India has done well so far in contact tracing and thereby reining in the virus

The world’s second-most populous nation has one of the lowest rates of infection so far

A traffic policeman hold a placard advising commuters to stay home on a deserted road during the first day of a 21-day government-imposed nationwide lockdown as a preventive measure against the COVID-19 coronavirus, in Hyderabad on March 25, 2020. / AFP / NOAH SEELAM
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When news of the virus began to emerge from China, most countries were slow to react. As a result, Covid-19 jumped through immigration checks and within weeks, had spread rapidly through Europe, the Americas and Asia.

On Tuesday, Indian Prime Minister Narendra Modi declared an unprecedented

, instructing 1.3 billion people to stay home to avoid a spike in cases. Mr Modi said he would allocate 150 billion rupees (approx Dh7bn) to bolster the country’s healthcare system. An economic aid package is reportedly in the works.

On March 21, India had already began to systematically shut down. Districts, which are the bedrock of India’s administrative set up, were closed to ensure that the Covid-19 virus does not get to stage three.

Of the four stages of an impending virus epidemic, according to the Indian Council for Medical Research, stage three is known as community transmission, when the virus breaks out in population clusters and starts to spread across regions. At this point, it becomes virtually impossible to stop the epidemic and mortality rates grow exponentially. This is the stage that precedes a full epidemic outbreak – the likes of which are now visible in China, Italy, US and Spain.

India has been able to avoid stage three

so far because by the middle of February, Indian officials were beginning to screen patients from China. This ensured that anyone infected was identified and quarantined.

As the virus spread, countries like South Korea and Japan were added to the list. By March, a full scale screening programme for all international passengers was implemented across all major airports in India.

While some experts say that India is two weeks behind what Italy and the US are witnessing, fact is that India initiated measures to flatten the virus growth curve long before them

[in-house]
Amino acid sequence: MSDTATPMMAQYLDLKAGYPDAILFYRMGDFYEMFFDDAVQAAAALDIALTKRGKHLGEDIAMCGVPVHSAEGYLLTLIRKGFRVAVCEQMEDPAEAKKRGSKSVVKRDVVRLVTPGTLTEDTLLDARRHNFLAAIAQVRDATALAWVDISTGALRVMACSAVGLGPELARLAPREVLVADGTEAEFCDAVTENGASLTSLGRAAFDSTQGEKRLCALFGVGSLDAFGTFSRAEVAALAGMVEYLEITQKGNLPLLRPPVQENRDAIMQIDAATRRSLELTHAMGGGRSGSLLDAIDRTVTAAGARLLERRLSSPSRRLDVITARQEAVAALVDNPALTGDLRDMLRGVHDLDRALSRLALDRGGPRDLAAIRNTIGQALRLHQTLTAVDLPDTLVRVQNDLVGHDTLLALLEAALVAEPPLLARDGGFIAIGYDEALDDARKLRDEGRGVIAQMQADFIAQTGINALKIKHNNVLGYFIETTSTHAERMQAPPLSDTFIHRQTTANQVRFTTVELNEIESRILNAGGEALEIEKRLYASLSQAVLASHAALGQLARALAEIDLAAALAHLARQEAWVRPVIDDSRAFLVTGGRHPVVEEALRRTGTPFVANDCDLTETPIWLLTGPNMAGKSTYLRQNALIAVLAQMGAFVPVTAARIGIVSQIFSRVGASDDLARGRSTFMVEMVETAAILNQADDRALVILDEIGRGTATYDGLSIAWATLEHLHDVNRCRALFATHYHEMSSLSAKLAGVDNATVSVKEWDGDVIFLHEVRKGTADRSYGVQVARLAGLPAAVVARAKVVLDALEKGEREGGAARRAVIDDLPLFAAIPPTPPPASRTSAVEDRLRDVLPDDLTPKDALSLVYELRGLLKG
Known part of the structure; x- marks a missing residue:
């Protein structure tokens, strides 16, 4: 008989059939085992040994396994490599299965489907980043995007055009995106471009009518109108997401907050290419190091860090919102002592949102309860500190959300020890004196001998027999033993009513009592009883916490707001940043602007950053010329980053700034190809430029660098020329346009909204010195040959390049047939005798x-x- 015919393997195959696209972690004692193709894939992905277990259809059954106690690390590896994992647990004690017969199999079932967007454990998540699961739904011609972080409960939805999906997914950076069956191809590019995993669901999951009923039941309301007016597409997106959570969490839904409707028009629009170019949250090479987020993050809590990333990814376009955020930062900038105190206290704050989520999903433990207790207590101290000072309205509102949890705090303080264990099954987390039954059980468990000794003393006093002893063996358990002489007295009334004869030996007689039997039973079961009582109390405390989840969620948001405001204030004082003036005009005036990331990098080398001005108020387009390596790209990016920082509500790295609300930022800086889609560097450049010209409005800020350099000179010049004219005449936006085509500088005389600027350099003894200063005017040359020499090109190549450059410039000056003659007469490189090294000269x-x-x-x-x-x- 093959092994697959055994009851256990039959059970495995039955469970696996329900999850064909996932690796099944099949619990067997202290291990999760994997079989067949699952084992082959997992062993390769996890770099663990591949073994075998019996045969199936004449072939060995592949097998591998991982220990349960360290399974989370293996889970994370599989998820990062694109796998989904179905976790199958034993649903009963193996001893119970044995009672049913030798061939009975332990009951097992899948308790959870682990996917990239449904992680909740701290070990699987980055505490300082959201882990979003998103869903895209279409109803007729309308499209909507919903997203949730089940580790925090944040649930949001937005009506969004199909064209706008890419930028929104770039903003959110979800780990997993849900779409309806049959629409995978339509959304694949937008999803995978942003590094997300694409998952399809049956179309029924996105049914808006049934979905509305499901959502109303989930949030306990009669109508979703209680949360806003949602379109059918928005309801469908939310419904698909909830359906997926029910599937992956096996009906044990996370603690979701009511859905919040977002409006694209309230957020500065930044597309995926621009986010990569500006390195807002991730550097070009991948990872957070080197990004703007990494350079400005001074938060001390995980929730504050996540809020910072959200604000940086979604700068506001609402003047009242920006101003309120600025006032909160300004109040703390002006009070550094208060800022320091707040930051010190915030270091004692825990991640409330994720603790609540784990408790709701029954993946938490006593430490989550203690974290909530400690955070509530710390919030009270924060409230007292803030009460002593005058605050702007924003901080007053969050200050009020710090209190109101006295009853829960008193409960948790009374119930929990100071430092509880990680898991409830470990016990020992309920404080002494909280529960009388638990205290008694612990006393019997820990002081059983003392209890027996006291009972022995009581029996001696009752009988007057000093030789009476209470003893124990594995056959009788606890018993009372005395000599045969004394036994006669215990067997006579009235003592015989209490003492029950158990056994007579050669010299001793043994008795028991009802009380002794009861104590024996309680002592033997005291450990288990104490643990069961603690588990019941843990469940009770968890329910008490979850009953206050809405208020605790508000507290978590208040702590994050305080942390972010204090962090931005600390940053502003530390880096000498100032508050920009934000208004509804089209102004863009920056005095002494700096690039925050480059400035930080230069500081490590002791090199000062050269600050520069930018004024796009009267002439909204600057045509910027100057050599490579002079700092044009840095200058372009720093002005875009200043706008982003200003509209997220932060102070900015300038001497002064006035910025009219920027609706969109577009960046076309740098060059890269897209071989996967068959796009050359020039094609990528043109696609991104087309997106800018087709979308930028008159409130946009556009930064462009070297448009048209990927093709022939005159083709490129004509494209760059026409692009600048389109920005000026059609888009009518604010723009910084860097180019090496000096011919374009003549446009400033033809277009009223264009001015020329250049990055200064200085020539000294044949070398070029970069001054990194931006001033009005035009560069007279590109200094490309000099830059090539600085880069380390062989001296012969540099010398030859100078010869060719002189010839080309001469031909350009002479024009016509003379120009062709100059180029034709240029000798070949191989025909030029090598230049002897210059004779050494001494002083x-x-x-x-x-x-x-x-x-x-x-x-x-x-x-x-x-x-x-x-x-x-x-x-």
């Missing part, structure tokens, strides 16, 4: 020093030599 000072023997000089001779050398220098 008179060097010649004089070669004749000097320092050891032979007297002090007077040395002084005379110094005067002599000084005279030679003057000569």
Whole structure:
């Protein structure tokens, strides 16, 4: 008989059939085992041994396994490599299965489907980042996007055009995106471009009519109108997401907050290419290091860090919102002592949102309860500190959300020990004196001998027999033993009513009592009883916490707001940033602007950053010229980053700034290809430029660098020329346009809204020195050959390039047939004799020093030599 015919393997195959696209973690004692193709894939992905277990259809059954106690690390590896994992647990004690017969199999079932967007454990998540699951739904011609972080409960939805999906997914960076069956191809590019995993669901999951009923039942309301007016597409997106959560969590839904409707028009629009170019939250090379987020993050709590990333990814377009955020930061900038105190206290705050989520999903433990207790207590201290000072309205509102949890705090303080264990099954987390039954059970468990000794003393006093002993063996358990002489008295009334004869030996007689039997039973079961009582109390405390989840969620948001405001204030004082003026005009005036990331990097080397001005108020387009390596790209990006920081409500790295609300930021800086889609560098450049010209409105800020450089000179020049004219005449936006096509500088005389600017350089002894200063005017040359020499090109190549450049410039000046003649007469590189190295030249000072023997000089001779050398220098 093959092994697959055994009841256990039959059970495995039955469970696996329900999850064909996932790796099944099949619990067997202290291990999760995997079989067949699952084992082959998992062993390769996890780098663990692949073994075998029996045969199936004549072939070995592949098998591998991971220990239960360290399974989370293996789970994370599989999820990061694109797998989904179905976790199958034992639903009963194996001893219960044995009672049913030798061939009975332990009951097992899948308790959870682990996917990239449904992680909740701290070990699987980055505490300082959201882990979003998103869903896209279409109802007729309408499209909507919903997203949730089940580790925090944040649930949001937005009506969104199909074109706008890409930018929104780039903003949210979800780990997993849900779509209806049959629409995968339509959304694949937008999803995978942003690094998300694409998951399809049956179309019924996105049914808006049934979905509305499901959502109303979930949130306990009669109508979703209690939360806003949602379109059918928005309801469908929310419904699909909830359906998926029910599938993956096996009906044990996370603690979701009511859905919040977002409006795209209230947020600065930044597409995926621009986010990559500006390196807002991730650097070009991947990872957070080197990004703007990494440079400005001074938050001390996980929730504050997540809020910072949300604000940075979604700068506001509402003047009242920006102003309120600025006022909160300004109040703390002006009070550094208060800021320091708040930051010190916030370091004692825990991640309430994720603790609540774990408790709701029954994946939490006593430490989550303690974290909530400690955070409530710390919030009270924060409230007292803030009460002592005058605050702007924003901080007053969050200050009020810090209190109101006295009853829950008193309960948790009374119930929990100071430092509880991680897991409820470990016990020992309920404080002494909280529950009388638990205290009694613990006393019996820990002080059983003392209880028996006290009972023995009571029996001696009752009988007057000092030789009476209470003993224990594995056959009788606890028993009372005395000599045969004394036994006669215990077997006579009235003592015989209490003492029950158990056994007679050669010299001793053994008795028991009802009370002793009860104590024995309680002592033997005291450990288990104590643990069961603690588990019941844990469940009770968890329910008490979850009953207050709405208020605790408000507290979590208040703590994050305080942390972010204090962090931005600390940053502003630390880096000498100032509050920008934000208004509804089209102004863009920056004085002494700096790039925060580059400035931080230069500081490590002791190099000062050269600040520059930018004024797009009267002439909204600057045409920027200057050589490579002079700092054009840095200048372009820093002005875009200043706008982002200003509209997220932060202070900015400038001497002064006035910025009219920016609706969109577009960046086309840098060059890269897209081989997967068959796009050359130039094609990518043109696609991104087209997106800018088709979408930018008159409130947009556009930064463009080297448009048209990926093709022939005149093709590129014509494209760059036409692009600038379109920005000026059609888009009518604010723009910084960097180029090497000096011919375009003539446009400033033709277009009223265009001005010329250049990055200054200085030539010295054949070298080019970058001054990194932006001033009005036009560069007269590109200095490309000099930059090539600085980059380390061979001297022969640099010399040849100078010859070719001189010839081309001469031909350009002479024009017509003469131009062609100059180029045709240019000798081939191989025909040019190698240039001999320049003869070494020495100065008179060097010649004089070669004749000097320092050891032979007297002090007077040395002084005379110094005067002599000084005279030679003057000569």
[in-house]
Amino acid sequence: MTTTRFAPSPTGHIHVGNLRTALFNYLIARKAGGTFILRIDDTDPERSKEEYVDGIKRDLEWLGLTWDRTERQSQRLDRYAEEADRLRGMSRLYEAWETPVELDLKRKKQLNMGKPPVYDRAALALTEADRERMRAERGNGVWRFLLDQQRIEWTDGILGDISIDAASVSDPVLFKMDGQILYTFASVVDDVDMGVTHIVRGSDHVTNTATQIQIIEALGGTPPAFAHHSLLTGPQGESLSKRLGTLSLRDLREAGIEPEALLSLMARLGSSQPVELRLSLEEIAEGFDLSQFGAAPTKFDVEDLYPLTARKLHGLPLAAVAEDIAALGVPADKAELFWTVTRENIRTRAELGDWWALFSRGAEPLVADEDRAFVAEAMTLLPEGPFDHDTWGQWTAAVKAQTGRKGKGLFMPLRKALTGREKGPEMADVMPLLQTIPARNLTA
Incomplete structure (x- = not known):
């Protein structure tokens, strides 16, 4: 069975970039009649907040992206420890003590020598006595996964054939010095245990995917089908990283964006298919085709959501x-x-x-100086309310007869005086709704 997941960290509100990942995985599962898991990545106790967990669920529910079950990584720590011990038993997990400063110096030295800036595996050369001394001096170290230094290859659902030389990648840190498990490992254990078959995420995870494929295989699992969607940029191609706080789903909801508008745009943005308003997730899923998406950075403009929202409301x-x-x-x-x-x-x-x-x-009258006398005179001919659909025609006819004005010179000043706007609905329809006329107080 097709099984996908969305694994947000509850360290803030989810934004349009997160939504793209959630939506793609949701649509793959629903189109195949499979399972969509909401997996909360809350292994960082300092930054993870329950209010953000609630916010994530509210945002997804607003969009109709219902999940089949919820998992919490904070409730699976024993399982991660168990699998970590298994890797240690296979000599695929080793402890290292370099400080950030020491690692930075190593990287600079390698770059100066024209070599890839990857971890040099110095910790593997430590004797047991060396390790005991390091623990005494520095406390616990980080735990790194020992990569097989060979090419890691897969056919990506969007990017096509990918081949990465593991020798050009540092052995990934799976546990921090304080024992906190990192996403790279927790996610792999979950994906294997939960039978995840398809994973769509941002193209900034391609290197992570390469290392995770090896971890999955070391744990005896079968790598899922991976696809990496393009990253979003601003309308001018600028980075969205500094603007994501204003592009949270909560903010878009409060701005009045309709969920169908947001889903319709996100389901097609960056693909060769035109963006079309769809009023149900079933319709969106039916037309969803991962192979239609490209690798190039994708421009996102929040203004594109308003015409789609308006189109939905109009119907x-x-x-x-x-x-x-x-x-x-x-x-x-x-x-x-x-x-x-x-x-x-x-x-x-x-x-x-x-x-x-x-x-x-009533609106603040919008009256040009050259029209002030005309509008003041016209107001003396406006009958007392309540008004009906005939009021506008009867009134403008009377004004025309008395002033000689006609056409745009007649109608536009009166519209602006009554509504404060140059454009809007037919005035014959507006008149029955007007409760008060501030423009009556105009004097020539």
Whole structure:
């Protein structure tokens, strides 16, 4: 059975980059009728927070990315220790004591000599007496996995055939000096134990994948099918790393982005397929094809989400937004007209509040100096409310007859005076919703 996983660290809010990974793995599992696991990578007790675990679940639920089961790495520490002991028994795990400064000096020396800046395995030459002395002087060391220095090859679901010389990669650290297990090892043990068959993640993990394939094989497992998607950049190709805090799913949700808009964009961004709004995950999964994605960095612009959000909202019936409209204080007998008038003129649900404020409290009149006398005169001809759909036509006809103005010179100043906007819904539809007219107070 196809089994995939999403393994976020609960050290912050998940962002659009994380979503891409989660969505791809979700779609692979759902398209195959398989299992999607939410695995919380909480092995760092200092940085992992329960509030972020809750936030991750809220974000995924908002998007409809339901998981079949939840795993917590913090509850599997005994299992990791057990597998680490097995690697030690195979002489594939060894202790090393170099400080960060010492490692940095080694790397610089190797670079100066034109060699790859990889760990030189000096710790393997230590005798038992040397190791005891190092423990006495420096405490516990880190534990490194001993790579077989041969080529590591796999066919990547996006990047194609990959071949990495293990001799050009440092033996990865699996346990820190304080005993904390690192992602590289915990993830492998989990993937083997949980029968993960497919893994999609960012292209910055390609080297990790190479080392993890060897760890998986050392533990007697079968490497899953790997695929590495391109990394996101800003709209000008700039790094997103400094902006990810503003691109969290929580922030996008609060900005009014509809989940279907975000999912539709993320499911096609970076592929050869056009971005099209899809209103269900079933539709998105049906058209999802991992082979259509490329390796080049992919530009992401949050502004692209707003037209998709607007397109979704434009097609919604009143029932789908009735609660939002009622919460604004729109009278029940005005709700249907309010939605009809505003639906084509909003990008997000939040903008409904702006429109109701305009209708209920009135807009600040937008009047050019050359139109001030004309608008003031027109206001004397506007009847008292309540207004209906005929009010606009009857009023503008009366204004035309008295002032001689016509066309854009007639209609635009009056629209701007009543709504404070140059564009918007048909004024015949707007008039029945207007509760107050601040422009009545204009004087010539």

In a constitutional democracy such as India, with a large diaspora spread across the world, addressing a health threat like Covid-19 is not easy. It has a complex form of governance, with healthcare placed within the domain of local state governments. The federal government regulates international boundaries but has to defer to state governments on issues such as health care and law and order. This translates into a power-sharing arrangement that needs a number of disparate elements to come together on a scale that is unparalleled.

While China can shut down cities, in a country as diverse as India, consensus building is the only way forward.

As screenings in India increased, more quarantine centres were opened up, and states began the process of contact tracing. As soon as a suspected infected person is identified, the government starts tracing everyone who may have come in contact with the patient.

This was done successfully for most cases, barring a few in the Southern states of Kerala and Karnataka. The federal and state governments pored through passenger details to find everyone who could have come in contact with infected people as they travelled through airports, train and bus stations.

Indians stand in marked positions to buy essential commodities from a grocery store in Mumbai, India, Wednesday, March 25, 2020.The world's largest democracy went under the world's biggest lockdown Wednesday, with India's 1.3 billion people ordered to stay home in a bid to stop the coronavirus pandemic from spreading and overwhelming its fragile health care system as it has done elsewhere. For most people, the new coronavirus causes mild or moderate symptoms, such as fever and cough that clear up in two to three weeks. For some, especially older adults and people with existing health problems, it can cause more severe illness, including pneumonia and death.(AP Photo/Rafiq Maqbool)
Indians stand in marked positions to buy essential commodities from a grocery store in Mumbai, India, Wednesday, March 25, 2020. AP